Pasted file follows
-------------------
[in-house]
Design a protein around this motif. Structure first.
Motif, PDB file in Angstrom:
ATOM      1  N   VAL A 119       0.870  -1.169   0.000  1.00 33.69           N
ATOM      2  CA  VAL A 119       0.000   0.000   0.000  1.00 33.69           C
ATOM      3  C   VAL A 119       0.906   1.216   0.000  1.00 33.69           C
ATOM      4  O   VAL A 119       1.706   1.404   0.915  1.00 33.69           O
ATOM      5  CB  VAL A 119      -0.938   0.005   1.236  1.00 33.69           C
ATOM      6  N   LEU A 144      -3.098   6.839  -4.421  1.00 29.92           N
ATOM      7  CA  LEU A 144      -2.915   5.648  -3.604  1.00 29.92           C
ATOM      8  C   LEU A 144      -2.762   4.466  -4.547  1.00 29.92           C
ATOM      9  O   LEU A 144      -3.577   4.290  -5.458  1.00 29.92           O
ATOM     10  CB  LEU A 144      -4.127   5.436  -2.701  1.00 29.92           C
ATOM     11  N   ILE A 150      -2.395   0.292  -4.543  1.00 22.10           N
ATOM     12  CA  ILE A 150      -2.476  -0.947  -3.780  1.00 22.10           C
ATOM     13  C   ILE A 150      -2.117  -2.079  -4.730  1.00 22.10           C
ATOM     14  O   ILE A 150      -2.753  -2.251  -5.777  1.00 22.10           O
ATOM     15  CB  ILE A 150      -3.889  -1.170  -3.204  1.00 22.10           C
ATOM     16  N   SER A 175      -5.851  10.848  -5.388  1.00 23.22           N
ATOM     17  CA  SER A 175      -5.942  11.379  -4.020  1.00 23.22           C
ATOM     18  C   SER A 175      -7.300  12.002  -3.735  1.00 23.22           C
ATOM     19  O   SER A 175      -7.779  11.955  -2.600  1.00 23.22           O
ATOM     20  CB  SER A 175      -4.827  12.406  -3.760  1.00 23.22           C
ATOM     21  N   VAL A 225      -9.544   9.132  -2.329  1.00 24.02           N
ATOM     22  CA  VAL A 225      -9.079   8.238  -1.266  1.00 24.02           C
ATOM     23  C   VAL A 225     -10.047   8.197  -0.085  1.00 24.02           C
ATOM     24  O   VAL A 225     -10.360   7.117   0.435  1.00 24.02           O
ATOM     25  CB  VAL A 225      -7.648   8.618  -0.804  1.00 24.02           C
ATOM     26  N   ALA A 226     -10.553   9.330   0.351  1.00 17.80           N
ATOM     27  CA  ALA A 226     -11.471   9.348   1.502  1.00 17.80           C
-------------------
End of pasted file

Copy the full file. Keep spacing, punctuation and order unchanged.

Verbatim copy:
[in-house]
Design a protein around this motif. Structure first.
Motif, PDB file in Angstrom:
ATOM      1  N   VAL A 119       0.870  -1.169   0.000  1.00 33.69           N
ATOM      2  CA  VAL A 119       0.000   0.000   0.000  1.00 33.69           C
ATOM      3  C   VAL A 119       0.906   1.216   0.000  1.00 33.69           C
ATOM      4  O   VAL A 119       1.706   1.404   0.915  1.00 33.69           O
ATOM      5  CB  VAL A 119      -0.938   0.005   1.236  1.00 33.69           C
ATOM      6  N   LEU A 144      -3.098   6.839  -4.421  1.00 29.92           N
ATOM      7  CA  LEU A 144      -2.915   5.648  -3.604  1.00 29.92           C
ATOM      8  C   LEU A 144      -2.762   4.466  -4.547  1.00 29.92           C
ATOM      9  O   LEU A 144      -3.577   4.290  -5.458  1.00 29.92           O
ATOM     10  CB  LEU A 144      -4.127   5.436  -2.701  1.00 29.92           C
ATOM     11  N   ILE A 150      -2.395   0.292  -4.543  1.00 22.10           N
ATOM     12  CA  ILE A 150      -2.476  -0.947  -3.780  1.00 22.10           C
ATOM     13  C   ILE A 150      -2.117  -2.079  -4.730  1.00 22.10           C
ATOM     14  O   ILE A 150      -2.753  -2.251  -5.777  1.00 22.10           O
ATOM     15  CB  ILE A 150      -3.889  -1.170  -3.204  1.00 22.10           C
ATOM     16  N   SER A 175      -5.851  10.848  -5.388  1.00 23.22           N
ATOM     17  CA  SER A 175      -5.942  11.379  -4.020  1.00 23.22           C
ATOM     18  C   SER A 175      -7.300  12.002  -3.735  1.00 23.22           C
ATOM     19  O   SER A 175      -7.779  11.955  -2.600  1.00 23.22           O
ATOM     20  CB  SER A 175      -4.827  12.406  -3.760  1.00 23.22           C
ATOM     21  N   VAL A 225      -9.544   9.132  -2.329  1.00 24.02           N
ATOM     22  CA  VAL A 225      -9.079   8.238  -1.266  1.00 24.02           C
ATOM     23  C   VAL A 225     -10.047   8.197  -0.085  1.00 24.02           C
ATOM     24  O   VAL A 225     -10.360   7.117   0.435  1.00 24.02           O
ATOM     25  CB  VAL A 225      -7.648   8.618  -0.804  1.00 24.02           C
ATOM     26  N   ALA A 226     -10.553   9.330   0.351  1.00 17.80           N
ATOM     27  CA  ALA A 226     -11.471   9.348   1.502  1.00 17.80           C